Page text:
El Niño Southern Oscillation (ENSO) impact on the North Atlantic European sector (NAE) is still under discussion. Recent studies have found a non stationary feature of this teleconnection, suggesting an effective modulating role of the ocean mean state. Nevertheless, physical explanations about the underlying mechanisms have been little studied in the available literature. In addition, ENSO events show different SST spatial patterns, phases, and amplitudes, which can also influence on the related remote impacts. In view of all this, in the present study a set of partially coupled experiments have been performed with a global atmospheric general circulation model in which different SST ENSO patterns are superimposed over distinct Pacific and Atlantic SST mean states. These SST background conditions are constructed according to the observational difference between periods with a distinct impact of ENSO on the leading Euro-Mediterranean rainfall mode in late winter-early spring. Our results point to two distinct mechanisms associated with ENSO that can be modulated by the SST mean state: (1) the thermally driven direct circulation (Walker and Hadley cells) connecting the Atlantic and Pacific basins, and (2) the Rossby wave propagation from the tropical Pacific to the North Atlantic. The former elucidates that the positive NAO-like pattern usually related to La Niña events could be only valid for selected decades. The latter explains a reinforced signature of Eastern Pacific Niños on the Euro-Mediterranean rainfall when the tropical Pacific is warmer than usual and the North Atlantic is colder than usual. This feature is consistent with the changing ENSO impact identified in previous studies and demonstrates how the ENSO teleconnection with the NAE climate at interannual timecales could be modulated by multidecadal changes in the SST. According to our results, the assumption of stationarity which is still common to many studies of ENSO teleconnections clearly has to be questioned.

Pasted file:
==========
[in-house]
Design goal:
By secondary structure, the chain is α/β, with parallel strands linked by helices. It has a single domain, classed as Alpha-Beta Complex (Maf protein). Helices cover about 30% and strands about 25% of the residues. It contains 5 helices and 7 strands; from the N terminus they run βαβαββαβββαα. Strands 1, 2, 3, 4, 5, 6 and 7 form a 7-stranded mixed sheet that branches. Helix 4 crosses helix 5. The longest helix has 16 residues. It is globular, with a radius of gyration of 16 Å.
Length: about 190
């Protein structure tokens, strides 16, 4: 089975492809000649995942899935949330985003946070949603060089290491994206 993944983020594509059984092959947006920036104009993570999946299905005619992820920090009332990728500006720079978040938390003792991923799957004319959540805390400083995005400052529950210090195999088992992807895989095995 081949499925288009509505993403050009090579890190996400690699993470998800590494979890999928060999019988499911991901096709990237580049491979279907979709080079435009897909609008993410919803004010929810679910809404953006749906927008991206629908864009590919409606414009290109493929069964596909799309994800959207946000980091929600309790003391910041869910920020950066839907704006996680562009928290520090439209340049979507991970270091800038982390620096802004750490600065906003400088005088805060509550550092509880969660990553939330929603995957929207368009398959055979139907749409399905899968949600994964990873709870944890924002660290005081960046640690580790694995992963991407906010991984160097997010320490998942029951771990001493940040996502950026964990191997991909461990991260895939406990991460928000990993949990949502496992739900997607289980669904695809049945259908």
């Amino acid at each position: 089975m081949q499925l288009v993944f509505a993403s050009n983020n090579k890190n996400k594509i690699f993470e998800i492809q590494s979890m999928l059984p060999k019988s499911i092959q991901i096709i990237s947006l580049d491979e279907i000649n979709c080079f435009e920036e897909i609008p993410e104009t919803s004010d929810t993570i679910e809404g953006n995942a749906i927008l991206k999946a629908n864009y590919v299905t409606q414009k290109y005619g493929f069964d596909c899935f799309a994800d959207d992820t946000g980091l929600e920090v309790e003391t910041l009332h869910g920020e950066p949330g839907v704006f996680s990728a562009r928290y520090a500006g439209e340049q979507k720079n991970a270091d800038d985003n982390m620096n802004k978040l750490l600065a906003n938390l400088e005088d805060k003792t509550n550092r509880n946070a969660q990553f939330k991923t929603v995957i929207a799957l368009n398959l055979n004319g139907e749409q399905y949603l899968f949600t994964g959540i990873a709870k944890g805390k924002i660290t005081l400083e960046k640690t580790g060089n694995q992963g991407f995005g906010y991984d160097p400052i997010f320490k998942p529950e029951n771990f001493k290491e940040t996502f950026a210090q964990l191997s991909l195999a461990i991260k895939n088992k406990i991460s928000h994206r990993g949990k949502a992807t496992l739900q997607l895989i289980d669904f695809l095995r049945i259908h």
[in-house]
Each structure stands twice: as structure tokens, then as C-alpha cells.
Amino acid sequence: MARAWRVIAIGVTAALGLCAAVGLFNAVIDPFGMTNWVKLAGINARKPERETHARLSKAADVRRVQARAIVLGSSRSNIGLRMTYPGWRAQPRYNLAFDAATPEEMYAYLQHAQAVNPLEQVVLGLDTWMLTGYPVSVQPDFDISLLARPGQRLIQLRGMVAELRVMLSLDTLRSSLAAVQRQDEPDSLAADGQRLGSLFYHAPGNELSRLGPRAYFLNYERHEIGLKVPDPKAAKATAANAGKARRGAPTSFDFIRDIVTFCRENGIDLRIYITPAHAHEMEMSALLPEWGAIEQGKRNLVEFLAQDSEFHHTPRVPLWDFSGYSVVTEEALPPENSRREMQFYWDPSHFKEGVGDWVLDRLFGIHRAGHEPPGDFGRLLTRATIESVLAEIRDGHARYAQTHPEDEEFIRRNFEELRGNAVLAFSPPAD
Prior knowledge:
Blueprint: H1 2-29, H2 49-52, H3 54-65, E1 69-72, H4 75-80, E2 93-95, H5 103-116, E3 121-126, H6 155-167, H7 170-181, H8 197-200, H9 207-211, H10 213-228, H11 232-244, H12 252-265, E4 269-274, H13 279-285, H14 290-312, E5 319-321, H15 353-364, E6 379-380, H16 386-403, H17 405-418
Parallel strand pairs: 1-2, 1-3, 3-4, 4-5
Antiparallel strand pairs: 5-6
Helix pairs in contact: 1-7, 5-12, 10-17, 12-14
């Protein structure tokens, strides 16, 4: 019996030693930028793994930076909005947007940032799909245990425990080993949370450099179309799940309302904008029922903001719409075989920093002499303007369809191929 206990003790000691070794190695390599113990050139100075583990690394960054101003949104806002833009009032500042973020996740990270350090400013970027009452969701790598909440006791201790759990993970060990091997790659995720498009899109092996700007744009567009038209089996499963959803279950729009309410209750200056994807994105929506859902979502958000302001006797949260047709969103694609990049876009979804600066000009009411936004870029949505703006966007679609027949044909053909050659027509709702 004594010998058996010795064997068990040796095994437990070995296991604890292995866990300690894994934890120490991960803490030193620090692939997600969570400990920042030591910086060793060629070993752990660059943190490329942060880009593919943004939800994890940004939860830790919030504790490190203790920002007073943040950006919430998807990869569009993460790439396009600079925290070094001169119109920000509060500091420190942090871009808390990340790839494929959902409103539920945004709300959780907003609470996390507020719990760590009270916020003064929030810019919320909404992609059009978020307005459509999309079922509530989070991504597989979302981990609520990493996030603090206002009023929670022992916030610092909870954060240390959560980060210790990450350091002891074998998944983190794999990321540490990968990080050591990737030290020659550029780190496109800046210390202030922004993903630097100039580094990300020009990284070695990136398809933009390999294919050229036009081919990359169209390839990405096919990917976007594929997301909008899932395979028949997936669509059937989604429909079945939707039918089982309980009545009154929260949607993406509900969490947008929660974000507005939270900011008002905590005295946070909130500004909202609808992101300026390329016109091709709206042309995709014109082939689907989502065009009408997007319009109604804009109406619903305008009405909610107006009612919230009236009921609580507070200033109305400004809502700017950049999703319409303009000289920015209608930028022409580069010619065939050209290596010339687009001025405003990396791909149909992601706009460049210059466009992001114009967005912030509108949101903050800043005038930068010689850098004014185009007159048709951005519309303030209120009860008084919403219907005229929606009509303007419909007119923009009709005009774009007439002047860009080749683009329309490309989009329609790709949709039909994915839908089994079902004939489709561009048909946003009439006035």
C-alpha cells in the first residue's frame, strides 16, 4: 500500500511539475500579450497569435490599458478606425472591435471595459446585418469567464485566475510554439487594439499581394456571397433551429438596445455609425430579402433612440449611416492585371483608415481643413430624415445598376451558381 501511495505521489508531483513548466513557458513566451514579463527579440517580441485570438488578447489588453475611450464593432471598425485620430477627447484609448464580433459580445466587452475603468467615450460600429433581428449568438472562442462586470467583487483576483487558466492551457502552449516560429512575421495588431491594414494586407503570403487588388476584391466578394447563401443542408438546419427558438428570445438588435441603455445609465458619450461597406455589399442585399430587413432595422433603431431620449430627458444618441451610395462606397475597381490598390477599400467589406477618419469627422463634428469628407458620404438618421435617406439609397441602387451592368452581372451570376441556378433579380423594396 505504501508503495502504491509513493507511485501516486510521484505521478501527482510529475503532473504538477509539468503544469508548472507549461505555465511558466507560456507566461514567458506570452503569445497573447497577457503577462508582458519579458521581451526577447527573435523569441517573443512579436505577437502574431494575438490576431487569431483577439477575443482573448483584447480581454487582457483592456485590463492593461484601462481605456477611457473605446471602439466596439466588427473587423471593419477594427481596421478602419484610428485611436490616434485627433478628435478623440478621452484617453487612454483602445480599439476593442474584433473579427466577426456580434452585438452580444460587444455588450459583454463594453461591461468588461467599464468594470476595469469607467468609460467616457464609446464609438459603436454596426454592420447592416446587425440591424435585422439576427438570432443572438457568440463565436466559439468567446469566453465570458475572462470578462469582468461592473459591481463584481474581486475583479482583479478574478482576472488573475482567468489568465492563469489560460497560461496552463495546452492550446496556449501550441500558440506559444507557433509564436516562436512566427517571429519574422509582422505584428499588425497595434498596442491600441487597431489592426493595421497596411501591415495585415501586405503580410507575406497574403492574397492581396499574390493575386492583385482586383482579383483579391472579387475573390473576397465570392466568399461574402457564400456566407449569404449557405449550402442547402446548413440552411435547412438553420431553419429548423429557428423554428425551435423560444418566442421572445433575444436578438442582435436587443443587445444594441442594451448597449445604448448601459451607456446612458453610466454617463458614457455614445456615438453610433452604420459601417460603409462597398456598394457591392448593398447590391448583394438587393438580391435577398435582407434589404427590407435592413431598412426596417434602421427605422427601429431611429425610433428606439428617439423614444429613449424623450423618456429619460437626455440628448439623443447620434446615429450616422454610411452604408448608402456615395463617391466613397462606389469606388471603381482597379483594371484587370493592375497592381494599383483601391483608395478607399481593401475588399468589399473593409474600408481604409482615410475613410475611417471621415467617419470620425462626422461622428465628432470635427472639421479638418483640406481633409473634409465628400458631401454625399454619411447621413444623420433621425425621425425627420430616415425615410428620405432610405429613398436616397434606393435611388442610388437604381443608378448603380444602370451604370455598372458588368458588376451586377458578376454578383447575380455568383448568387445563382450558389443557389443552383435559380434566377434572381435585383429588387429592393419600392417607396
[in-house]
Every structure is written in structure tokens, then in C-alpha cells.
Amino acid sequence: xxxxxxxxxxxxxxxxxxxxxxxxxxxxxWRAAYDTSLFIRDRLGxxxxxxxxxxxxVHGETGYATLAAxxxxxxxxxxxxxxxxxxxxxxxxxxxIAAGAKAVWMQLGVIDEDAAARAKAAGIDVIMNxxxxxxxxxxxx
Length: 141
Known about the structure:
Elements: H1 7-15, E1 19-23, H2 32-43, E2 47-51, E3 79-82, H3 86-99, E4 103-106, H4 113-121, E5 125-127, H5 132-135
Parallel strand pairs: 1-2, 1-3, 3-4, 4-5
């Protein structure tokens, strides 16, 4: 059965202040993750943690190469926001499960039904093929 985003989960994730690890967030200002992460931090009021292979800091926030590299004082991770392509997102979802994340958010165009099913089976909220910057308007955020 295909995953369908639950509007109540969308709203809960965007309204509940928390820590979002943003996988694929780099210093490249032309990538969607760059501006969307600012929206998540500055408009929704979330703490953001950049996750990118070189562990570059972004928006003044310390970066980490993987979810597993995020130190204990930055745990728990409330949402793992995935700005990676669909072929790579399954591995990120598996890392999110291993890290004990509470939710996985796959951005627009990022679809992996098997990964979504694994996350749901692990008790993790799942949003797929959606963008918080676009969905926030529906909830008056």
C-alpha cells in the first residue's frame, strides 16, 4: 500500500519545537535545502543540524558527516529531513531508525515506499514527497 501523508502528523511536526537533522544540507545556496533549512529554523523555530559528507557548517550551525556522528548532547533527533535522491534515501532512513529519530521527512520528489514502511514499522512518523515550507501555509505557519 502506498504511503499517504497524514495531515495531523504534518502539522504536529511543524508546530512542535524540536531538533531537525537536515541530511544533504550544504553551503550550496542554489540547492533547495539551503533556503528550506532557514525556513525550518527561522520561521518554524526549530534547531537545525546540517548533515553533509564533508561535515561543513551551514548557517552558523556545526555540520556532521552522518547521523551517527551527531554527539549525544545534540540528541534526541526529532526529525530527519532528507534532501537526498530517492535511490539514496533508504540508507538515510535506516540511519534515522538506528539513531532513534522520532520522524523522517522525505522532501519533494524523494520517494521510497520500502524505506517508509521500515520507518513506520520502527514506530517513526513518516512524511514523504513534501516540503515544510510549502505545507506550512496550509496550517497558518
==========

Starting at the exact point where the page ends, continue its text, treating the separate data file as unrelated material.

- Atmospheric teleconnection
- North Atlantic European climate